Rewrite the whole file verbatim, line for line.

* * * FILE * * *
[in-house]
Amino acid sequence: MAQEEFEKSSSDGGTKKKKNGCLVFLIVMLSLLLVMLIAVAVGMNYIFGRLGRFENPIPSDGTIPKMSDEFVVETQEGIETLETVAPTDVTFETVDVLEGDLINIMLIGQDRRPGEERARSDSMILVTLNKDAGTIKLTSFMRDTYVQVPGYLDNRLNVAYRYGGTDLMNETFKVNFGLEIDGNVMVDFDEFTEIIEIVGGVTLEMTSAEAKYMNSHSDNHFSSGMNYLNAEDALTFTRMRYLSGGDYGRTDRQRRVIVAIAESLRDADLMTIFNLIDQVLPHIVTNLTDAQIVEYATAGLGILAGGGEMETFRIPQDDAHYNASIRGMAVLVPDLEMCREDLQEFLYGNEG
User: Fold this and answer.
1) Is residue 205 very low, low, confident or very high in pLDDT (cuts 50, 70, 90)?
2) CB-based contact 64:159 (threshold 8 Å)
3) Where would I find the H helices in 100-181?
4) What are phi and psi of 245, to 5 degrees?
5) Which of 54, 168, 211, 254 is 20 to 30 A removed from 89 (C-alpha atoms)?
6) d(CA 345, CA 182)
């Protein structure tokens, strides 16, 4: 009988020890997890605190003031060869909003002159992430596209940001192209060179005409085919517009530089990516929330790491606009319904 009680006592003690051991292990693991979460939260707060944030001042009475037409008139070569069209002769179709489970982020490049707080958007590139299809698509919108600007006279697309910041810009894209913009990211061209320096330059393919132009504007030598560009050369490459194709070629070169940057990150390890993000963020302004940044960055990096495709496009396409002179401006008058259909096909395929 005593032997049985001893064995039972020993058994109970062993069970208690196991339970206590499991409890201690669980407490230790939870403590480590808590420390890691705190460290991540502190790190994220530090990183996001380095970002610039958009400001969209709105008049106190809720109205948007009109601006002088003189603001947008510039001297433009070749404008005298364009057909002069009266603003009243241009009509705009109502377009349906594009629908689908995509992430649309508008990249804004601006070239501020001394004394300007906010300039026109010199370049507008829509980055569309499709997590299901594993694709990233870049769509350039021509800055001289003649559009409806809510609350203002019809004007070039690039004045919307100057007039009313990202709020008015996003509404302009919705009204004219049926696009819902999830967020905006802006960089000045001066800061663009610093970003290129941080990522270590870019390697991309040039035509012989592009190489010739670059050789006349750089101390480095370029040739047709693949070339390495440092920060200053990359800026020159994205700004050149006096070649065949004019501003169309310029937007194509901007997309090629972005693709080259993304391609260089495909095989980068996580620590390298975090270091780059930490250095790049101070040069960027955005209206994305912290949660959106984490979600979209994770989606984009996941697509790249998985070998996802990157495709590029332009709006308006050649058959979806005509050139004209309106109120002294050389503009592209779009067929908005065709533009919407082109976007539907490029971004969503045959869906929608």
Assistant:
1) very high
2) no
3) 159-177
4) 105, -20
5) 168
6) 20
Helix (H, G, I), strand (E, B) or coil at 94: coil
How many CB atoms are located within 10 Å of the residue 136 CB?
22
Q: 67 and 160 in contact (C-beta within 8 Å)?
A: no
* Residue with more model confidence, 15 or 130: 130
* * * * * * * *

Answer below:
[in-house]
Amino acid sequence: MAQEEFEKSSSDGGTKKKKNGCLVFLIVMLSLLLVMLIAVAVGMNYIFGRLGRFENPIPSDGTIPKMSDEFVVETQEGIETLETVAPTDVTFETVDVLEGDLINIMLIGQDRRPGEERARSDSMILVTLNKDAGTIKLTSFMRDTYVQVPGYLDNRLNVAYRYGGTDLMNETFKVNFGLEIDGNVMVDFDEFTEIIEIVGGVTLEMTSAEAKYMNSHSDNHFSSGMNYLNAEDALTFTRMRYLSGGDYGRTDRQRRVIVAIAESLRDADLMTIFNLIDQVLPHIVTNLTDAQIVEYATAGLGILAGGGEMETFRIPQDDAHYNASIRGMAVLVPDLEMCREDLQEFLYGNEG
User: Fold this and answer.
1) Is residue 205 very low, low, confident or very high in pLDDT (cuts 50, 70, 90)?
2) CB-based contact 64:159 (threshold 8 Å)
3) Where would I find the H helices in 100-181?
4) What are phi and psi of 245, to 5 degrees?
5) Which of 54, 168, 211, 254 is 20 to 30 A removed from 89 (C-alpha atoms)?
6) d(CA 345, CA 182)
């Protein structure tokens, strides 16, 4: 009988020890997890605190003031060869909003002159992430596209940001192209060179005409085919517009530089990516929330790491606009319904 009680006592003690051991292990693991979460939260707060944030001042009475037409008139070569069209002769179709489970982020490049707080958007590139299809698509919108600007006279697309910041810009894209913009990211061209320096330059393919132009504007030598560009050369490459194709070629070169940057990150390890993000963020302004940044960055990096495709496009396409002179401006008058259909096909395929 005593032997049985001893064995039972020993058994109970062993069970208690196991339970206590499991409890201690669980407490230790939870403590480590808590420390890691705190460290991540502190790190994220530090990183996001380095970002610039958009400001969209709105008049106190809720109205948007009109601006002088003189603001947008510039001297433009070749404008005298364009057909002069009266603003009243241009009509705009109502377009349906594009629908689908995509992430649309508008990249804004601006070239501020001394004394300007906010300039026109010199370049507008829509980055569309499709997590299901594993694709990233870049769509350039021509800055001289003649559009409806809510609350203002019809004007070039690039004045919307100057007039009313990202709020008015996003509404302009919705009204004219049926696009819902999830967020905006802006960089000045001066800061663009610093970003290129941080990522270590870019390697991309040039035509012989592009190489010739670059050789006349750089101390480095370029040739047709693949070339390495440092920060200053990359800026020159994205700004050149006096070649065949004019501003169309310029937007194509901007997309090629972005693709080259993304391609260089495909095989980068996580620590390298975090270091780059930490250095790049101070040069960027955005209206994305912290949660959106984490979600979209994770989606984009996941697509790249998985070998996802990157495709590029332009709006308006050649058959979806005509050139004209309106109120002294050389503009592209779009067929908005065709533009919407082109976007539907490029971004969503045959869906929608």
Assistant:
1) very high
2) no
3) 159-177
4) 105, -20
5) 168
6) 20
Helix (H, G, I), strand (E, B) or coil at 94: coil
How many CB atoms are located within 10 Å of the residue 136 CB?
22
Q: 67 and 160 in contact (C-beta within 8 Å)?
A: no
* Residue with more model confidence, 15 or 130: 130